The third approach is platform-specific conversion tracking. Here each platform is tracked individually. This way you get accurate data, but also encourages silo thinking. Even so, data is not considered in a larger context, which makes it difficult to use the data in line with the customer journey and define the best channels for your target group. Over the last few years, "Cross-Channel Attribution" has become the ideal variant, as it is much more flexible than MMM and works less in silos than platform-specific conversion tracking. But why leave the well-trodden path now? Apple's Intelligent Tracking Prevention or the DSGVO severely restrict this path. 

My colleague Nicolai has already described the exact insights precisely in his blogpost. Even if cookie tracking does not disappear overnight, new ways have to be found. Merkle's paper provides interesting food for thought. I would like to summarize them here as well. A little spoiler: There is no simple and uniform solution.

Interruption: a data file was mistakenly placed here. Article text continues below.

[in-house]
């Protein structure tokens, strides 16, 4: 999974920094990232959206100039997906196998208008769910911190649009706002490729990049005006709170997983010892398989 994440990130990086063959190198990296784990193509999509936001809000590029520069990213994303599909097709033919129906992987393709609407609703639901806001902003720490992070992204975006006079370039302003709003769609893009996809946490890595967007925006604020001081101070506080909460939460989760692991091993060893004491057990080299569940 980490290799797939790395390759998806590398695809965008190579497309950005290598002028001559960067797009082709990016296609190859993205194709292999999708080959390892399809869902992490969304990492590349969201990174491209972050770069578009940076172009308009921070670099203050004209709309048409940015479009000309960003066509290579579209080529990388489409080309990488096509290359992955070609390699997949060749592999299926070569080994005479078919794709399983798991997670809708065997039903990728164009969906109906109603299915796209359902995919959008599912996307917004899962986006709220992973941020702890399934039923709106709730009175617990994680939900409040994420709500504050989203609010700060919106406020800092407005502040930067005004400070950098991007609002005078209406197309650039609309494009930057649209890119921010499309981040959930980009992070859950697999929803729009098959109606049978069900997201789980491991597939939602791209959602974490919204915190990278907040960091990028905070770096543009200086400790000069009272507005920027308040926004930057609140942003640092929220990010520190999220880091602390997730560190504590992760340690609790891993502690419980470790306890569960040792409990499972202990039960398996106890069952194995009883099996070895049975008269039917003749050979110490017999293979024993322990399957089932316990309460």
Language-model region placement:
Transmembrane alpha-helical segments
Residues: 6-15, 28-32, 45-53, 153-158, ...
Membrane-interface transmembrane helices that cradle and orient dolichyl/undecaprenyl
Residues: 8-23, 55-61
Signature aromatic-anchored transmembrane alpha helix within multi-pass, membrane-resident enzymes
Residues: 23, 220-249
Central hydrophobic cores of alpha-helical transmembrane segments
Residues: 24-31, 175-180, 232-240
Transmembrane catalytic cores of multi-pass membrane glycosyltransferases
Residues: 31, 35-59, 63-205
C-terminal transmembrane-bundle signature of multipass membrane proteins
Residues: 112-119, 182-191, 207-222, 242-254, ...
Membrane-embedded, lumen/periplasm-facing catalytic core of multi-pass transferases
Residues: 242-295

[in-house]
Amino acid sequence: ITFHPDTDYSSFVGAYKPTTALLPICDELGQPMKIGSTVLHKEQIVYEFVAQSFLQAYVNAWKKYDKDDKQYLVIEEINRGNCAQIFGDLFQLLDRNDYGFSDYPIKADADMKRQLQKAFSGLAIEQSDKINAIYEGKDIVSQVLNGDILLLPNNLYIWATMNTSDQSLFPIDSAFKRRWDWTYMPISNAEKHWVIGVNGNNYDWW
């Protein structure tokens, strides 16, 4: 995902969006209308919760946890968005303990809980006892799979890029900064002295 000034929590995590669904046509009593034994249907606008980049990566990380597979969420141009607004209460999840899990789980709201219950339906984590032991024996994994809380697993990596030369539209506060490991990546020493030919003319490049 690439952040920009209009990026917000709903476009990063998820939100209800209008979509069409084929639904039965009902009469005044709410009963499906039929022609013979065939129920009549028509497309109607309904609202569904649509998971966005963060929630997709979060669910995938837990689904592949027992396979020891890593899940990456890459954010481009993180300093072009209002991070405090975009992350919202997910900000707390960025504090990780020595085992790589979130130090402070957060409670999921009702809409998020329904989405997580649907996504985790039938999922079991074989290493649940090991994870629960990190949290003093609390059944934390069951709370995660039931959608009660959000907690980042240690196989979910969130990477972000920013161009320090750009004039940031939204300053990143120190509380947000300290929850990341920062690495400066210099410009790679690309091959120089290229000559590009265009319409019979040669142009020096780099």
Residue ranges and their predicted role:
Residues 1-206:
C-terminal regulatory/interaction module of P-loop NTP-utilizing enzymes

The models of data measurement are changing.

One way to measure data without cookies and more importantly  without creating data silos is to use the following steps. This variant consists of two basic steps. The first and most important step is to develop a KPI framework. In this framework the most important KPIs have to be mapped, as simple and consistent as possible. The framework should be aligned with the goals of the marketing activities and relate the various KPIS to each other. Merkle recommends creating a performance score to calculate the degree of optimization of the measures. This is a good possibility; Google, for example, also specifies such a performance score in the Google Ads account. In my opinion, however, it does not necessarily have to be a performance score, one can be quite creative here. There is simply not only one right solution. The data for this must be transferred from the various tools into the framework.

Step two is to create a framework that leads through the funnel. Here, metrics that map the customer's behavior must be matched with the KPIs created in the first step. This is the only way to really evaluate the behavior and put it into a wider context.